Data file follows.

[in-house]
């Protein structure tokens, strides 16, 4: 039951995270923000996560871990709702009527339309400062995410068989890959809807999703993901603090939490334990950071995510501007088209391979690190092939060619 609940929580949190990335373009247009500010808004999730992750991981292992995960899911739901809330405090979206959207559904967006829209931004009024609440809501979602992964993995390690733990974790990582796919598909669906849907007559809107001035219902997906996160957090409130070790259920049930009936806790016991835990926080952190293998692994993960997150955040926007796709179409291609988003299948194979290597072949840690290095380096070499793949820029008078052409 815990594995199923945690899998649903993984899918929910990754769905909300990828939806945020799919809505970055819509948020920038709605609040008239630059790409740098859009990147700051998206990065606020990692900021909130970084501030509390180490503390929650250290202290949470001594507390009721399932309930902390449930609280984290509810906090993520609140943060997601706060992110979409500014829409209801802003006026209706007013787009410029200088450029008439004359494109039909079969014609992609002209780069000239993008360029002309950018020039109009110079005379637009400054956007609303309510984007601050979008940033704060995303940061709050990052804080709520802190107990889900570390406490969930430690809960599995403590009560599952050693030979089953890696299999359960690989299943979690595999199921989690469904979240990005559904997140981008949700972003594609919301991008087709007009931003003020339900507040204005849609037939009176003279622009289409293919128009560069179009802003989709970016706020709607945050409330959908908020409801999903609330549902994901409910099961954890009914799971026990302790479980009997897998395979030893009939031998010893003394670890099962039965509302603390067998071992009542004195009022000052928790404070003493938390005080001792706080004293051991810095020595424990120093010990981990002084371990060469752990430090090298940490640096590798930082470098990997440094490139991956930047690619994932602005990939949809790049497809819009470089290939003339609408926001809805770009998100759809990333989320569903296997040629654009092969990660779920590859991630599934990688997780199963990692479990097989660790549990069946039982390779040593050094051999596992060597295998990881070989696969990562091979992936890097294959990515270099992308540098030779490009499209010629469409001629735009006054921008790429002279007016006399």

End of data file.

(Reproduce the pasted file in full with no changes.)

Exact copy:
[in-house]
């Protein structure tokens, strides 16, 4: 039951995270923000996560871990709702009527339309400062995410068989890959809807999703993901603090939490334990950071995510501007088209391979690190092939060619 609940929580949190990335373009247009500010808004999730992750991981292992995960899911739901809330405090979206959207559904967006829209931004009024609440809501979602992964993995390690733990974790990582796919598909669906849907007559809107001035219902997906996160957090409130070790259920049930009936806790016991835990926080952190293998692994993960997150955040926007796709179409291609988003299948194979290597072949840690290095380096070499793949820029008078052409 815990594995199923945690899998649903993984899918929910990754769905909300990828939806945020799919809505970055819509948020920038709605609040008239630059790409740098859009990147700051998206990065606020990692900021909130970084501030509390180490503390929650250290202290949470001594507390009721399932309930902390449930609280984290509810906090993520609140943060997601706060992110979409500014829409209801802003006026209706007013787009410029200088450029008439004359494109039909079969014609992609002209780069000239993008360029002309950018020039109009110079005379637009400054956007609303309510984007601050979008940033704060995303940061709050990052804080709520802190107990889900570390406490969930430690809960599995403590009560599952050693030979089953890696299999359960690989299943979690595999199921989690469904979240990005559904997140981008949700972003594609919301991008087709007009931003003020339900507040204005849609037939009176003279622009289409293919128009560069179009802003989709970016706020709607945050409330959908908020409801999903609330549902994901409910099961954890009914799971026990302790479980009997897998395979030893009939031998010893003394670890099962039965509302603390067998071992009542004195009022000052928790404070003493938390005080001792706080004293051991810095020595424990120093010990981990002084371990060469752990430090090298940490640096590798930082470098990997440094490139991956930047690619994932602005990939949809790049497809819009470089290939003339609408926001809805770009998100759809990333989320569903296997040629654009092969990660779920590859991630599934990688997780199963990692479990097989660790549990069946039982390779040593050094051999596992060597295998990881070989696969990562091979992936890097294959990515270099992308540098030779490009499209010629469409001629735009006054921008790429002279007016006399």